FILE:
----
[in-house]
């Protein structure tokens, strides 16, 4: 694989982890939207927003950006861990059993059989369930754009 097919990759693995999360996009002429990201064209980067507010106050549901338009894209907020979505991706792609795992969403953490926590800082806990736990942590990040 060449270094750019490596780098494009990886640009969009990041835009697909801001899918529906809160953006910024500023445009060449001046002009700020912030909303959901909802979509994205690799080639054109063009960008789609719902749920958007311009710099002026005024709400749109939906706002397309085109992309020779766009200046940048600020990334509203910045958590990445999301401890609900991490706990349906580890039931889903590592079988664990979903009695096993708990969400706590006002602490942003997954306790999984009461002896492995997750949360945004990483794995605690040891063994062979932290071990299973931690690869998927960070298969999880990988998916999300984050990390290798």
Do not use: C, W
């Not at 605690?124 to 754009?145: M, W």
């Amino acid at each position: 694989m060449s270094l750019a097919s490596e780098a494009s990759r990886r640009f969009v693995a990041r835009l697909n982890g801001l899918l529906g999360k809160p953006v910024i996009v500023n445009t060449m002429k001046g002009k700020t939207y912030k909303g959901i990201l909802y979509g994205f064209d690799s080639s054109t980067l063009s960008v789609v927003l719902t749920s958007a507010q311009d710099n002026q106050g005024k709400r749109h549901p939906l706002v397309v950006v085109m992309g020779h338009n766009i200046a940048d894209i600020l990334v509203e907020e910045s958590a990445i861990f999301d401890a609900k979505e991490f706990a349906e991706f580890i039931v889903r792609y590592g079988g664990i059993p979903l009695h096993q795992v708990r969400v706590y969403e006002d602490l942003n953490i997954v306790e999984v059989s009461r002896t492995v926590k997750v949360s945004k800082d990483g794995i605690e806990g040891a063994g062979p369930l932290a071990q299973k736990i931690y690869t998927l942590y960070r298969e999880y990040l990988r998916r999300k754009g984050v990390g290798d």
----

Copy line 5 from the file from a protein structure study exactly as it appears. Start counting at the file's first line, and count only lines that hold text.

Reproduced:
């Amino acid at each position: 694989m060449s270094l750019a097919s490596e780098a494009s990759r990886r640009f969009v693995a990041r835009l697909n982890g801001l899918l529906g999360k809160p953006v910024i996009v500023n445009t060449m002429k001046g002009k700020t939207y912030k909303g959901i990201l909802y979509g994205f064209d690799s080639s054109t980067l063009s960008v789609v927003l719902t749920s958007a507010q311009d710099n002026q106050g005024k709400r749109h549901p939906l706002v397309v950006v085109m992309g020779h338009n766009i200046a940048d894209i600020l990334v509203e907020e910045s958590a990445i861990f999301d401890a609900k979505e991490f706990a349906e991706f580890i039931v889903r792609y590592g079988g664990i059993p979903l009695h096993q795992v708990r969400v706590y969403e006002d602490l942003n953490i997954v306790e999984v059989s009461r002896t492995v926590k997750v949360s945004k800082d990483g794995i605690e806990g040891a063994g062979p369930l932290a071990q299973k736990i931690y690869t998927l942590y960070r298969e999880y990040l990988r998916r999300k754009g984050v990390g290798d």